If you are considering just keeping your child out of preschool or are looking at the long haul of homeschooling, Homeschool 101: What to Expect Your First Year is an indispensable resource for Muslim homeschoolers. If you are still undecided as to if you should homeschool, author Abu Muawiyah Ismail Kamdar’s illustration of contemporary schooling’s failures and his own reasons for homeschooling are especially convincing – share this book with a doubtful spouse. As he suggests, “Step One: Do your research with your spouse.” It’s not just Kamdar’s solid advice on the practical aspects of homeschooling, his centering of his advice on a deen-based life is what really makes the book helpful.

Children by their nature are energetic, curious, and playful. The school system tries to kill this but fails miserably. I do not understand why we would want to kill this. It is the nature of the child and it is also a child’s strength.

One of the many homeschooling issues Kamdar addresses in a different light is dealing with the parents of potential or new homeschooling parents. While the grandparents’ concerns was something I never considered when deciding to homeschool my own children, as Sadaf Farooqi also addresses in this edition of Fitra Journal, extended Muslim families can be deeply involved in a wide range of decision-making for children. Kamdar is on point to advise how to compassionately and effectively deal with them. He also does a great job of explaining children’s dispositions and psychology, and that parents need to learn how to work well with children instead of following many of the poor authoritative or permissive styles of parenting modelled to many of us. Kamdar is even frank that not all parents are fit to homeschool. He includes plenty of warnings about difficult areas of homeschooling, which I haven’t seen elsewhere, perhaps in attempt to not scare homeschoolers off, Allahualim.

A homeschooling house will have noise, it will get messy, it will have moments of chaos, but it will also be fun full of memories, and a joyful bonding experience for parent and child alike.

One issue that is especially astute of Kamdar to address is part of what I call the Homeschool Prodigy Myth, “When one begins homeschooling, it is very easy to get caught up in the zeal and excitement of things and want to learn and teach every day all day long.  This method however is not productive and will lead to burnout.” Yes! On a couple of occasions I have hired overzealous tutors who either thought they were playing school instead of focusing on the one subject they were hired for or maybe they were just so excited to have their own clumps of clay to mold, but nope – being homeschooled shouldn’t be mistaken for having endless hours to dump every and all information possible into your child’s little repository. Really, I think this is a common pitfall, I have seen my husband and even my children do this with peer-tutoring. It can be easy to get caught up in the moment and the possibilities, and not even be able to see your child’s disinterest and both you getting very frustrated. For most work sessions, I find it helpful to have a goal of 40 minutes with flexibility to go over that time if things are really gelling, but there will be those days when you find yourself just burnt-out and going nowhere, later realizing you were at it for far too long.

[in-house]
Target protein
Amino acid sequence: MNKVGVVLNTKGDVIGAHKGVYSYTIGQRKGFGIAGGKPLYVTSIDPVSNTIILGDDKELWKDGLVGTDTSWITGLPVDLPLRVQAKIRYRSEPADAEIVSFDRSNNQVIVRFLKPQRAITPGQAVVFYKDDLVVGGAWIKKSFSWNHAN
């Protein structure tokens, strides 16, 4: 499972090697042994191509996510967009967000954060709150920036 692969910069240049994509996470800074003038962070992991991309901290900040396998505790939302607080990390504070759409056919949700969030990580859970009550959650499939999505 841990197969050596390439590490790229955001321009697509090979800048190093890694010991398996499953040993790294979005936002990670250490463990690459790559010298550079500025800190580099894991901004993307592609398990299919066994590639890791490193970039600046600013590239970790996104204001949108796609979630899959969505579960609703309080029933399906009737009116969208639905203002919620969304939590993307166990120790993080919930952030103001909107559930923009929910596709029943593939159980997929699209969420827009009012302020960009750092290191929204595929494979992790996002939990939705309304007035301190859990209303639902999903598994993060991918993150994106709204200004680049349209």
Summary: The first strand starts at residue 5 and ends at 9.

With homeschooling mostly being the realm of moms’ doing, it is great to hear from such a knowledgeable and involved homeschooling father. This is one area I would especially like to hear Kamdar speak more to, insha Allah – the father’s role in homeschooling.  Kamdar also writes extensively on issues around self-help, time management and positivity, his works are available through http://islamicselfhelp.com/ebook-store/

Kamdar also has a complete course for parents “How to Homeschool for Success” we look forward to telling you more about in our next issue, but check it out now right here.

This review is originally published in Fitra Journal Issue One ‘Getting Started’ – available here or on Amazon.

Brooke Benoit is running her own private Sudbury-like school with her seven children on the southern coast of Morocco. She is an editor for SISTERS magazine, the founder of Fitra Journal and a writing workshop facilitator.